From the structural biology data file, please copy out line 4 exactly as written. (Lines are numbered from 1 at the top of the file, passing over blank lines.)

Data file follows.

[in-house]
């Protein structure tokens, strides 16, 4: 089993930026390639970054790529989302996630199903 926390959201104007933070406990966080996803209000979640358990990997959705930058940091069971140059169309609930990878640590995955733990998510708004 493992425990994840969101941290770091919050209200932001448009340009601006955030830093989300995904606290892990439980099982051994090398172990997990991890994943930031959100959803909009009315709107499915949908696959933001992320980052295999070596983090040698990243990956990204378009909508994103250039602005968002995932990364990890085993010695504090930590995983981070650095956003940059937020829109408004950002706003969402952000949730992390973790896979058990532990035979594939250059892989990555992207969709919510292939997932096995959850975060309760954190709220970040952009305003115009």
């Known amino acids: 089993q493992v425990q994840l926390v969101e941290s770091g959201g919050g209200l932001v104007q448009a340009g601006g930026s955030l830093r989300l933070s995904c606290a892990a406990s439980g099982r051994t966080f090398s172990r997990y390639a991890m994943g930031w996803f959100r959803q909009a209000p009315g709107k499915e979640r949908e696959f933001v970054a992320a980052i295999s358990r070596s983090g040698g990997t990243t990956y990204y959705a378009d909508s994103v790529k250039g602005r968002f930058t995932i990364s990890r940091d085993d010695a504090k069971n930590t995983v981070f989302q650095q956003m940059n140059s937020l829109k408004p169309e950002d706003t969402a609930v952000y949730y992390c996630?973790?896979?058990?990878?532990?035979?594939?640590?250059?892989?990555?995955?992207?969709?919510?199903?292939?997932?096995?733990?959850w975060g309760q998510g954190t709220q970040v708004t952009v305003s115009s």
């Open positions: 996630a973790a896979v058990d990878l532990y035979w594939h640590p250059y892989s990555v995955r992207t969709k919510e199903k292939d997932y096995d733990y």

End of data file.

């Open positions: 996630a973790a896979v058990d990878l532990y035979w594939h640590p250059y892989s990555v995955r992207t969709k919510e199903k292939d997932y096995d733990y």